2013 was a busy year for new Windows XP vulnerabilities, with a total of 88 new vulnerabilities reported. For comparison, this is twice as many vulnerabilities as were observed in 2012. The comparative view of Microsoft CVEs shows that while XP is not the leading source of vulnerabilities, it remains a very significant source of new vulnerabilities.

Source: CVEDetails.com

 Windows XP Infection Rates Remain High 

Microsoft’s latest Security Intelligence Report shows that while the popularity of XP is on par with other Windows operating systems, the infection rate is almost double that of more modern operating systems.

Source: Microsoft Security intelligence Report Volume 15

These statistics certainly favor the attackers. Even if enterprises manage the Windows XP end-of-life perfectly, all of the unprotected XP devices in the wild remain. This is why deflecting bots and automated threats has become so important for virtually any organization with an Internet-facing site or application.

Clarification: Wade Williamson wrote this article.

How Heartbleed Bug Affects Web Security

The news has been reeling with the announcement of the Heartbleed Bug. Want to know how the vulnerability works? Curious about how adversely this affects you or your organization? Our director of product security Michael Coates explains below.

HTTPS is layered on top of Secure Sockets Layer (SSL) or Transport Layer Security (TLS) to enable a user to securely communicate with a website without tampering or monitoring from intermediate parties.

However, on April 7, 2014 a serious vulnerability (CVE-2014-0160 – https://cve.mitre.org/cgi-bin/cvename.cgi?name=CVE-2014-0160) was uncovered within the TLS heartbeat extension in versions of OpenSSL that places the encrypted communication at risk. Attackers can leverage this bug to obtain the private keys from the webserver and use this information to decrypt and monitor communications that are taking place over SSL/TLS, exposing any sensitive data communicated by the user.

Scope of the vulnerability

1.0.1 and 1.0.2-beta releases of OpenSSL are affected including 1.0.1f and 1.0.2-beta1.

Apache, which uses OpenSSL for HTTPS, is used by 66% of all websites according to netcraft.com (http://news.netcraft.com/archives/2014/04/02/april-2014-web-server-survey.html). A study of the TLS heartbeat extension by Netcraft also identified that 17.5% of SSL sites may be vulnerable to the Heartbleed bug (http://news.netcraft.com/archives/2014/04/08/half-a-million-widely-trusted-websites-vulnerable-to-heartbleed-bug.html).

Is a patch available?

Yes – OpenSSL 1.0.1g was released on April 7, 2014 (https://www.openssl.org/source/). Impact of the vulnerability This vulnerability allows an attacker to extract memory contents from the webserver through the vulnerability in the heartbeat. As a result an attacker may be able to access sensitive information such as the private keys used for SSL/TLS.

  • Active Attack – Equipped with the private key, an attacker can silently monitor and decrypt communications between the user and the web server. As a result, an attacker could view private data such as passwords, credit card data, medical records and any other sensitive data the user exchanges with the website. In addition, the attacker could impersonate the target website to deliver fake, inaccurate or malicious data to the user.
  • Offline Attack – Some well funded attackers gather large amounts of encrypted data and store this data in the event they can later decrypt the information. Using the Heartbleed vulnerability the attackers could decrypt this information if it was obtained when passed between a user and a vulnerable website. This means that sensitive data exchanged up to two years ago could also now be at risk for exposure to attackers. Note: sites implementing Perfect Forward Secrecy are protected against this particular attack.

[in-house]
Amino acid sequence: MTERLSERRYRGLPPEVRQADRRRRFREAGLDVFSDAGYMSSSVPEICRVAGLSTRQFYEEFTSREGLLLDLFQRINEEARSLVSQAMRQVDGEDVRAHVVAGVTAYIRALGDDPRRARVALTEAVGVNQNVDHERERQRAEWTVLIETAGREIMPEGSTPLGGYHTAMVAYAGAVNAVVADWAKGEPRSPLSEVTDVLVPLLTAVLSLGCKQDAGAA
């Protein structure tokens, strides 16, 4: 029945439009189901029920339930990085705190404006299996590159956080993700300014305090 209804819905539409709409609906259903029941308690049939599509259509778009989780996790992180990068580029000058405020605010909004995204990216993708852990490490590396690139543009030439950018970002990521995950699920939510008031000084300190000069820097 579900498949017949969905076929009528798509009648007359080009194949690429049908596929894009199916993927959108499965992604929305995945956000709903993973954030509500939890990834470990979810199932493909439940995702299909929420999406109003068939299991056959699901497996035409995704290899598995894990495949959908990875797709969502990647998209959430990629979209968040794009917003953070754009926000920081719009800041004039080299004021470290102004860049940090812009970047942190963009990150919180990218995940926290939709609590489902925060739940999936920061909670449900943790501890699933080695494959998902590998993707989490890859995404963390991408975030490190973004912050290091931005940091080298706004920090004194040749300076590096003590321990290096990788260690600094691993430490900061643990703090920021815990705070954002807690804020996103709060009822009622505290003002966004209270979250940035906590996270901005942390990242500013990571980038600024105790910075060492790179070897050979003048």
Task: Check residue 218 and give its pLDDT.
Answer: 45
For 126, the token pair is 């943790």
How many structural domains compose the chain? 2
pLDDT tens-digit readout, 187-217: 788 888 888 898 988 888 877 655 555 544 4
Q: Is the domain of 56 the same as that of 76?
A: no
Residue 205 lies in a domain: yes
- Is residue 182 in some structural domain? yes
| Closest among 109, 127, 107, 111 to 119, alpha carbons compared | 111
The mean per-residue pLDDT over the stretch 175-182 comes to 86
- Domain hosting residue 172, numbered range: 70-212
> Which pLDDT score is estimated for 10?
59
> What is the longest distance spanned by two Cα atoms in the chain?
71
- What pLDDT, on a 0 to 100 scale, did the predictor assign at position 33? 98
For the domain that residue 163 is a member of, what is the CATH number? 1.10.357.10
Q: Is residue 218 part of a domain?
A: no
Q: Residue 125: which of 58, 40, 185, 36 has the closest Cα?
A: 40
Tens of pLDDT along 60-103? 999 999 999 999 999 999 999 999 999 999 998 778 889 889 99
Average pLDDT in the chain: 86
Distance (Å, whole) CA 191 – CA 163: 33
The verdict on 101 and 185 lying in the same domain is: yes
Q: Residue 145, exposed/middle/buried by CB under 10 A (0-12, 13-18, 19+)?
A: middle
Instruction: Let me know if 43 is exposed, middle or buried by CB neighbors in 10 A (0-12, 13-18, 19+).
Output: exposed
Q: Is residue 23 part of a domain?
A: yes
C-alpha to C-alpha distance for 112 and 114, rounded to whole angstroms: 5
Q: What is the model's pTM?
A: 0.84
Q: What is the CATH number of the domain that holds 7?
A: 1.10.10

Who might exploit this vulnerability?

In order to decrypt data exchanged between a user and a website, the attacker must have access to network devices along the communication path. This attack could most easily be launched by state actors or criminal enterprises operating in collusion with network operators. In addition, individual attackers could leverage this vulnerability to attack individuals using a shared wifi hotspot.

Can attacks be detected?

Unfortunately, no. An attacker exploiting this vulnerability will leave no trace within the webserver logs. As a result it is not possible to determine if vulnerable web sites have been exploited.

What should website owners do?

  1. Verify if you are using a vulnerable version of OpenSSL.
  2. Upgrade OpenSSL as soon as possible.
  3. Reissue your security certificates for SSL/TLS. The vulnerability has been present for two years and there is no way to verify if your private key has been compromised as a result of this vulnerability. In addition, a compromised key would be used to silently monitor communications from your users and the attack would be undetectable. It is prudent to assume a breach and proactively reissue security certificates.
  4. Implement Perfect Forward Secrecy. This additional layer of security protects encrypted data from several potential attacks by using a per session random keys.

What should users do?

Unfortunately there’s not much a user can do. If you have an account at one of the many large websites that may have been affected, you can proactively change your password just to be safe.

Which large websites were impacted?

A partial lists of large websites that are impacted can be found here. This list includes websites such as yahoo.com, stackexchange.com, eventbrite.com, okcupid.com, suning.com, and squidoo.com.

What other concerns are there with this vulnerability?

The Heartbleed vulnerability allows an attacker to extract information within the webserver’s memory. As a result, a wide variety of information could be at risk including sensitive user or system data. In addition to placing webservers at risk, OpenSSL is also used by a variety of network appliances. These devices could be subjected to attack to extract sensitive information within memory.

Additional information

http://heartbleed.com

https://cve.mitre.org/cgi-bin/cvename.cgi?name=CVE-2014-0160

Clarification: Michael Coates wrote this article.